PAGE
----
Snuneymuxw continue to deal with water woes
The Snuneymuxw First Nation No. 2 reserve will tap into city water supply for the first time ever this year, as part of a recent land-agreement with the City of Nanaimo.
The Snuneymuxw First Nation has been dealing with "major water concerns" at their reserve near Cedar, since Health Canada directed well closures more than a decade ago over metal and e-coli contamination, according to Chief Douglas White.
The connection is unrelated to the lawsuit the First Nation is launching over water sharing discussions between the city and the Harmac mill.
Residents have been using cisterns for potable water, but White says the cost is significant and has done little to ease concerns about future supply. The band also faces pressures on reserves No. 3 and No. 4, which lack the water needed for the First Nation to expand housing.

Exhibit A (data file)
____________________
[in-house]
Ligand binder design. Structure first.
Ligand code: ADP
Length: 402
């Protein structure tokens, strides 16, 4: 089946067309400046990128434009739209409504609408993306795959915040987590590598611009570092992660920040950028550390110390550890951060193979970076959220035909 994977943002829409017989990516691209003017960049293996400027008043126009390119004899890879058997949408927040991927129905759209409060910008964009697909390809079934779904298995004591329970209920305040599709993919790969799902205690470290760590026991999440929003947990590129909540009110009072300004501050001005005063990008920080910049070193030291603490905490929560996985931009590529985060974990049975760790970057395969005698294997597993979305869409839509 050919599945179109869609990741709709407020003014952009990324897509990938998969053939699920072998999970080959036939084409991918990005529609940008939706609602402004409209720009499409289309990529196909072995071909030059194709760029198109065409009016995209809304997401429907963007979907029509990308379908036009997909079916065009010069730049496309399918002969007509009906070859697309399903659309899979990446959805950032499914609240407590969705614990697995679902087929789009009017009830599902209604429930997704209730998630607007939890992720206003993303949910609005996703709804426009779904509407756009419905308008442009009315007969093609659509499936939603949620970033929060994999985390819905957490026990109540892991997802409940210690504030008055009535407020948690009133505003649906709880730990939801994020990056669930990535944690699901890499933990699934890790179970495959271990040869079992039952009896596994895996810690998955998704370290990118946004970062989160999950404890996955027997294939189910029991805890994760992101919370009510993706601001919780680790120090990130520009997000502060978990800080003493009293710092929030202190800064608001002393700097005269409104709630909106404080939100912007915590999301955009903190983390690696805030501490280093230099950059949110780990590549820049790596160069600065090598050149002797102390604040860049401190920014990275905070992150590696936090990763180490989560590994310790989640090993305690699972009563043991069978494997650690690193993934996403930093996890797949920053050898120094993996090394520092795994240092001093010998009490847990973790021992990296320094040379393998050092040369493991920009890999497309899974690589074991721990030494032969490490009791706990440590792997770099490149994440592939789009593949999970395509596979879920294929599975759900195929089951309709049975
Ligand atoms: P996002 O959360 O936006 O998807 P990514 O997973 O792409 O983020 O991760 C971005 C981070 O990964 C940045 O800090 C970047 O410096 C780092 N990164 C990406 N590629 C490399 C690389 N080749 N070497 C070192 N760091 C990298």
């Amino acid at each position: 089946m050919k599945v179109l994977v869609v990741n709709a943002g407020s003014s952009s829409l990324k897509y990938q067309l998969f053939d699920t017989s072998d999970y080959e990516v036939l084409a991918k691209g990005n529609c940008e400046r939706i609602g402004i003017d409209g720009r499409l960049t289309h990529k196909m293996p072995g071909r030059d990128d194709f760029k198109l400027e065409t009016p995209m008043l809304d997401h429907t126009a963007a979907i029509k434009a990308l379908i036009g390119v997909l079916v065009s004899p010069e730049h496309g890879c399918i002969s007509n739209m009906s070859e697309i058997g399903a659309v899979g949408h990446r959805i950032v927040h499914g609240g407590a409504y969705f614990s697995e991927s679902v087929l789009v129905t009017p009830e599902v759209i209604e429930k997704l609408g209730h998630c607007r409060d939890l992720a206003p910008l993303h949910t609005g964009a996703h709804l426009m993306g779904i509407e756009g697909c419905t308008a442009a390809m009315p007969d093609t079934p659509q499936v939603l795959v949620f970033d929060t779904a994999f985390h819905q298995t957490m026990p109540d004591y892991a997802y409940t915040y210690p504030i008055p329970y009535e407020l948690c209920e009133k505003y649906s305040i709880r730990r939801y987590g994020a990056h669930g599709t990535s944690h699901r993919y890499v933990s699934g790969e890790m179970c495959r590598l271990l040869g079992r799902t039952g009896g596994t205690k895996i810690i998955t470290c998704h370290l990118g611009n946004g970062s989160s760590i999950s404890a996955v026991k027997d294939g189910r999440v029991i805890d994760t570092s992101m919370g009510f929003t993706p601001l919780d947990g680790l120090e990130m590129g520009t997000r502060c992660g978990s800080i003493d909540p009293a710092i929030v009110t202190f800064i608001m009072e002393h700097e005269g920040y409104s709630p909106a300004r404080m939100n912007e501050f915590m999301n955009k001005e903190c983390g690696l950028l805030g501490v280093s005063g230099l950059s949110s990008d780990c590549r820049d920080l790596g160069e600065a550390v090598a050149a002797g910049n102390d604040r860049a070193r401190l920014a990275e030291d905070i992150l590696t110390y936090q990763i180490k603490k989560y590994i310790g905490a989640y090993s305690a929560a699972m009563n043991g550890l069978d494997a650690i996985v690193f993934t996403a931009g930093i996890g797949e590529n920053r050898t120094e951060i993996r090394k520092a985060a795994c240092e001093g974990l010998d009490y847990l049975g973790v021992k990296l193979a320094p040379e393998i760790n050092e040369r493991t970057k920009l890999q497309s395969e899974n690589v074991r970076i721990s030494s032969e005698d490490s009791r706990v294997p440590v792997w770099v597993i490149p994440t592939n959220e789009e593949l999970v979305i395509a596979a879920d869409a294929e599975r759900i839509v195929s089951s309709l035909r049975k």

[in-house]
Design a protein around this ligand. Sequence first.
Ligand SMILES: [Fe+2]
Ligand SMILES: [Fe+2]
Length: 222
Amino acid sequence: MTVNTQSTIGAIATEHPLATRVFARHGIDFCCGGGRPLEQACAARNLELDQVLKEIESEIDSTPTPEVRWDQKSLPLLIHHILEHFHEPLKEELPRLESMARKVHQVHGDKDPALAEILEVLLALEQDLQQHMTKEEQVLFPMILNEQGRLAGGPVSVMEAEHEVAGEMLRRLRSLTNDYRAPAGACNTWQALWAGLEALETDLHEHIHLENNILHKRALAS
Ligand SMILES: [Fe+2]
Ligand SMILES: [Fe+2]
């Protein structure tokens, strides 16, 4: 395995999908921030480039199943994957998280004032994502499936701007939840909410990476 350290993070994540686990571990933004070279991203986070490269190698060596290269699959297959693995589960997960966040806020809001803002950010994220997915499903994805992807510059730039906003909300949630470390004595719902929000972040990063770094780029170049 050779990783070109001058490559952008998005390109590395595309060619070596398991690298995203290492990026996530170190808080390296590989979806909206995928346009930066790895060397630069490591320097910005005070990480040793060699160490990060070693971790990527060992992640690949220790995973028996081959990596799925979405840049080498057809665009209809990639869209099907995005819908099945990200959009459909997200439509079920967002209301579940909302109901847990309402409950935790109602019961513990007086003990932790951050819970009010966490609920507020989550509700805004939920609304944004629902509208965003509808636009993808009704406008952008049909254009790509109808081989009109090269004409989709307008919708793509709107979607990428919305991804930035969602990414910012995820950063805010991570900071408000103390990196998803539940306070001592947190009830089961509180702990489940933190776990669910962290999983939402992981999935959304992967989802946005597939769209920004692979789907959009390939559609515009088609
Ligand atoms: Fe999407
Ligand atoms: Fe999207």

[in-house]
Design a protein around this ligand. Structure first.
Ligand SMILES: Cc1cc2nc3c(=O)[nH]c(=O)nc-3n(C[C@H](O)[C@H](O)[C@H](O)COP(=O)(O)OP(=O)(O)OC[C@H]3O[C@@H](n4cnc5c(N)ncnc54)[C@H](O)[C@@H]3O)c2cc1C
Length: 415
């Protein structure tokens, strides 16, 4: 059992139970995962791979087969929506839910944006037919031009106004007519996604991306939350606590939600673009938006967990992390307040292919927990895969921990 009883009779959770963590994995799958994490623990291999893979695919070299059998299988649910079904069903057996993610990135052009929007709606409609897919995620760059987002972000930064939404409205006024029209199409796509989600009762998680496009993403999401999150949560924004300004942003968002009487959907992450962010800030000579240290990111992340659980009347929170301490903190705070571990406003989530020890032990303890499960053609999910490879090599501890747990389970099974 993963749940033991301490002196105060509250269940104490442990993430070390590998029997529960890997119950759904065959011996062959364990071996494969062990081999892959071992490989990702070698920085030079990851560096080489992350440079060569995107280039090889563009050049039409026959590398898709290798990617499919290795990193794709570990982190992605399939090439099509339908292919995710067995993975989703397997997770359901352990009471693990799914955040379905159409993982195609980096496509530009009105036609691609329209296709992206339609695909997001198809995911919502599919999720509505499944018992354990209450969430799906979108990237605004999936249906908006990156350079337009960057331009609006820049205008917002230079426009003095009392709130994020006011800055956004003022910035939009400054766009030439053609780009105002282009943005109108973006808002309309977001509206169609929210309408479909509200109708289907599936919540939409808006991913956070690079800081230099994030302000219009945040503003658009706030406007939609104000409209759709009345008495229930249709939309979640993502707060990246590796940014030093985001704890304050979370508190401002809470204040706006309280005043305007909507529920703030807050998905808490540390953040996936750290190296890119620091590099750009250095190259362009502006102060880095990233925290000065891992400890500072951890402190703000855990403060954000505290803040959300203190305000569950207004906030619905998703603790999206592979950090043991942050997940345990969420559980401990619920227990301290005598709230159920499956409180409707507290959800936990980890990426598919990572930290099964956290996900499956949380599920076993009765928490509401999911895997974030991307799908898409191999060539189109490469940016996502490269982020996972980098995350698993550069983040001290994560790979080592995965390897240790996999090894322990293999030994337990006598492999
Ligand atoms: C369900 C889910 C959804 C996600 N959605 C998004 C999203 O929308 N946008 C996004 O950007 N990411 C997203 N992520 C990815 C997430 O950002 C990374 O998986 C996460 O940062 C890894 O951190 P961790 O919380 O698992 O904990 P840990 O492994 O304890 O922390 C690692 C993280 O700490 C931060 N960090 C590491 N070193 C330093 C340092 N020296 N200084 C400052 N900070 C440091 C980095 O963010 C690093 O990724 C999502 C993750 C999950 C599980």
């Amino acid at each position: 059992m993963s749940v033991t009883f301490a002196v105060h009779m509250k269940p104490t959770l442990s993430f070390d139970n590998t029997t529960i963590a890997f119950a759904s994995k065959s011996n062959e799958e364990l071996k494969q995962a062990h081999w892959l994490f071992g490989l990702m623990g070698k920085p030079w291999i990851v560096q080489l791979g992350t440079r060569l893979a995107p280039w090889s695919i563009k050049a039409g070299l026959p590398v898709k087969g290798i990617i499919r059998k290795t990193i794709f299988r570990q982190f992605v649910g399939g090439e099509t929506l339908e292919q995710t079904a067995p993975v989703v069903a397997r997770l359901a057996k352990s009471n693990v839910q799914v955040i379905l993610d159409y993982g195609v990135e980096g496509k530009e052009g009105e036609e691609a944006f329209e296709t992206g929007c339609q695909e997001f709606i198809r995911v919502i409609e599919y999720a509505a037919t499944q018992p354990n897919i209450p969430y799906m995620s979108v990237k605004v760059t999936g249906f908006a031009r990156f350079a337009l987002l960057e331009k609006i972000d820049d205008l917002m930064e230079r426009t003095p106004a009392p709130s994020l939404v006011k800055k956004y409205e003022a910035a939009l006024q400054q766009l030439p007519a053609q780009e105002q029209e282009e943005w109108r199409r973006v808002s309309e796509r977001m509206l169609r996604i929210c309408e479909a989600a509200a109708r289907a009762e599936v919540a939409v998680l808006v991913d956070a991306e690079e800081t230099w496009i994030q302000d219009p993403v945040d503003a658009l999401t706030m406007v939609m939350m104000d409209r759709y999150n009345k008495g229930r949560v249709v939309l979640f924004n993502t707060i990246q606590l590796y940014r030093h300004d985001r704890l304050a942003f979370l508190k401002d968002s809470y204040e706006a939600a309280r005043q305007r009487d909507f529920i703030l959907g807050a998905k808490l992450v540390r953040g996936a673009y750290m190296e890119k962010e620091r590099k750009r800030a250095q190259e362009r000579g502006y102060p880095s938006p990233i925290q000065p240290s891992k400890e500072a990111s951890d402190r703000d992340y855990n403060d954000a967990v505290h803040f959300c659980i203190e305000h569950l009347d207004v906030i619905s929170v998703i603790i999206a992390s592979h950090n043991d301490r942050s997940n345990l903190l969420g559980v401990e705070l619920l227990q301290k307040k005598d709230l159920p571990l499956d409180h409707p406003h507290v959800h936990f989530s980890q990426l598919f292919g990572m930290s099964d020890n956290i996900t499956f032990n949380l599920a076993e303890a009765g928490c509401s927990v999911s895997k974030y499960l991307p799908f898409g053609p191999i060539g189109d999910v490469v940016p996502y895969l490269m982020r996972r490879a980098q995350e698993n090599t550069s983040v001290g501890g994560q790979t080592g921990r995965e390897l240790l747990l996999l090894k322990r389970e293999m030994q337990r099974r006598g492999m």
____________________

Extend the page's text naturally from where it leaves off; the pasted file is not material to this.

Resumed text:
A land deal signed with city officials in 2010 gives the Snuneymuxw $500,000 for a water main and distribution system on the No. 2 reserve in exchange for their support of the city using Crown land for a new water-treatment plant.
The deal, considered a winwin by all parties, will save the First Nation more than $50,000 a year. White says the agreement is also a good example of how First Nations and city leaders can work together to address "significant gaps" faced by indigenous peoples.
"Water is basically a necessity of life, so when it becomes a struggle to (get it), then yeah, it's troubling," White said.
City staff and the Snuneymuxw have been trying to address mutual water issues in the Nanaimo-area since 2007, and the band's concerns about contamination and water quality were well known, said Bill Sims, the city's manager of water resources.
The deal had the band support the request for Crown land, which the Snuneymuxw are interested in as part of treaty claims while the band received a commitment for a new water main. If there's money left over it will go into the reserve's delivery system. Construction on the main line is expected this summer.